Seed CDC Funding for Public Health Genomics Research Fiscal Year 2008
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CDC’s Office of Public Health Genomics (OPHG) announced the availability of seed funding for innovative, high-impact CDC projects that help build CDC’s infrastructure to conduct genomics research and integrate genomics into public health research and programs. There were 19 proposals received, of which five were selected, with priority given to those with potential to demonstrate health impact within a 2-year period. The following list provides information about 2008 seed funding recipients.
Effects of Preconceptional Folic Acid Supplementation on Epigenetic Patterns of DNA Methylation
Principal Investigators: Krista Crider, PhD (CCHP/NCBDDD), Craig Hooper, PhD (CCHP/NCBDDD)
In 1992, the U.S. Public Health Service recommended that women of childbearing age consume 400 μg/day of folic acid. Subsequently, fortification of the grain supply in the United States was mandated in 1998. Concern has been raised about possible unintended consequences (both positive and negative) of folic acid fortification and supplementation, as the pleiotropic effects of the folate pathway are yet to be fully elucidated. The goal of this project is to increase our understanding of normal DNA methylation levels and patterns, their genotype dependence, and to characterize changes associated with pregnancy and folic acid supplementation in order to help inform policy makers and to optimize folic acid supplementation and fortification recommendations.
Autism Spectrum Disorder: High-throughput Screening for Potential Candidate Genes and Etiologic Hazardous Agents of Environmental Origin
Principal Investigators: Eugene Demchuk, PhD (ATSDR/DTEM/OD), Michael Schwartz, MD, MS (CCEHIP/NCEH/OTPER), Patricia Ruiz, PhD (ATSDR/DTEM/OD), and Hugh Hansen, PhD (ATSDR/DTEM/OD)
Autism Spectrum Disorder (ASD) is an increasingly common developmental disability in industrial nations. ASD is thought to result from gene-environment interactions. Despite research progress in identifying candidate genes associated with ASD, no clear etiology or causative marker has been found. If and when a genetic predisposition is identified, the next research question will be — What environmental trigger is responsible for the development or manifestation of the clinical phenotype? To address this question we propose to develop a rapid-screening computational toxicology methodology which can be applied to large numbers of environmental pollutants (ligands) and a known or suspected biological target for autism. Starting with a model database of hypothesized chemical triggers and a set of critical-pathway genes, we will screen the chemicals against known genetic variants using state-of-the-art molecular docking techniques. Top scored gene/chemical combinations are expected to offer an educated choice for further in-depth analysis of gene-environment interactions in the future.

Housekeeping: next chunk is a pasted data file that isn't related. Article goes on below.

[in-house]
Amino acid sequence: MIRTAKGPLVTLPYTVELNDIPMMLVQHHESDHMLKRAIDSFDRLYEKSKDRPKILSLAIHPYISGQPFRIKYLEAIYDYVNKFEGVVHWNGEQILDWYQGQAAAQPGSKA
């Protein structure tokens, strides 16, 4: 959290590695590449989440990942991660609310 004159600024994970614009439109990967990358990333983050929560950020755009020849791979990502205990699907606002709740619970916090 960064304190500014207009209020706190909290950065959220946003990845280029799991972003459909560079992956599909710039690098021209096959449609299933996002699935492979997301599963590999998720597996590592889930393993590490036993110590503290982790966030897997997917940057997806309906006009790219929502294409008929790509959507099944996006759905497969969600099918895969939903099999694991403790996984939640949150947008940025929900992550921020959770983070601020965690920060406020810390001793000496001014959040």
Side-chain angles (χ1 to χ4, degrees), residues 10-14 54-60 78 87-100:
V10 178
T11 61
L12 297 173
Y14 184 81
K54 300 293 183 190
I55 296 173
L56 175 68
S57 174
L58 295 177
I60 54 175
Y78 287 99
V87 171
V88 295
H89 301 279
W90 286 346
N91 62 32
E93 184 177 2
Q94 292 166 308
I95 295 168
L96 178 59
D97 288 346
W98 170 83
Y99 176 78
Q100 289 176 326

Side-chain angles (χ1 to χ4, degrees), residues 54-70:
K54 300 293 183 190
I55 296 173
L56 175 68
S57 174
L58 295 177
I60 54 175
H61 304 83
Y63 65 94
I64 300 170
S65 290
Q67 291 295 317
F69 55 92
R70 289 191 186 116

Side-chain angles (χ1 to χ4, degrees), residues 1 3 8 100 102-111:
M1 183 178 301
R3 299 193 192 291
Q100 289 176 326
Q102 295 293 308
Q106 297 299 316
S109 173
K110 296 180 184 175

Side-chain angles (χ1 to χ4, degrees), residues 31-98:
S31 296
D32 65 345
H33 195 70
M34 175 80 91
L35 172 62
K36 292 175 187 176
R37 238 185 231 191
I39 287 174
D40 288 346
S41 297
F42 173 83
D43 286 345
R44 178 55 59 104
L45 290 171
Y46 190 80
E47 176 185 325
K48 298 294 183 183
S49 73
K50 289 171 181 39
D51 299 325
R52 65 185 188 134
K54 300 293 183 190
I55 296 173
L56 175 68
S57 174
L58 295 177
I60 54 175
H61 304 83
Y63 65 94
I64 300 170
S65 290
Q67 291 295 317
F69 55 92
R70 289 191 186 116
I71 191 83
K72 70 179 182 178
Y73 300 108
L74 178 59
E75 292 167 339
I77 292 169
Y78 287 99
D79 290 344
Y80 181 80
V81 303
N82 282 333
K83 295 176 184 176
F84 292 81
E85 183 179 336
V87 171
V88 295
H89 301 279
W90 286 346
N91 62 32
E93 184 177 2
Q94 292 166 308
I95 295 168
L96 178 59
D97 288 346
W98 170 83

Evaluation of the Modifying Effect of Apolipoprotein E (APOE) Genotype on the Association of Prenatal Blood Lead Levels and Auditory Brainstem Response Among Infants Born in Two New York City Hospitals
Principal Investigators: Timothy A. Dignam, MPH (CCEHIP/NCEH)
Hearing loss is one of the most common major abnormalities present among infants. Two to four infants per 1,000 are born in the United States with severe-to-profound newborn hearing loss. Undetected, hearing loss delays speech, language, and cognitive development. Numerous studies have shown that prenatal lead exposure is associated with a variety of neurobehavioral and electrophysiologic abnormalities. However, knowledge about the effects of maternal lead exposure at current United States levels (i.e., blood lead levels < 10 μg/dL), on the neonatal auditory system function is limited. This study will focus on the APOE genotype as a genetic effect modifier. Apolipoprotein E (ApoE) is an intracellular protein that transports cholesterol and fatty acids and plays an important role in the structure of cell membranes and myelin. Cholesterol and ApoE are important in the neurodevelopment of the fetus (cholesterol is used in neuronal metabolism) and may serve as modifiers of the response to maternal nutrient intake or maternal exposure to neurotoxins. Thus, genetic variants may make a shift in the dose-response relationship to environmental toxins such as lead. The goal of this study is to examine the gene-environment interactions between prenatal blood lead exposure and APOE genotype while examining the infant auditory brainstem response pattern.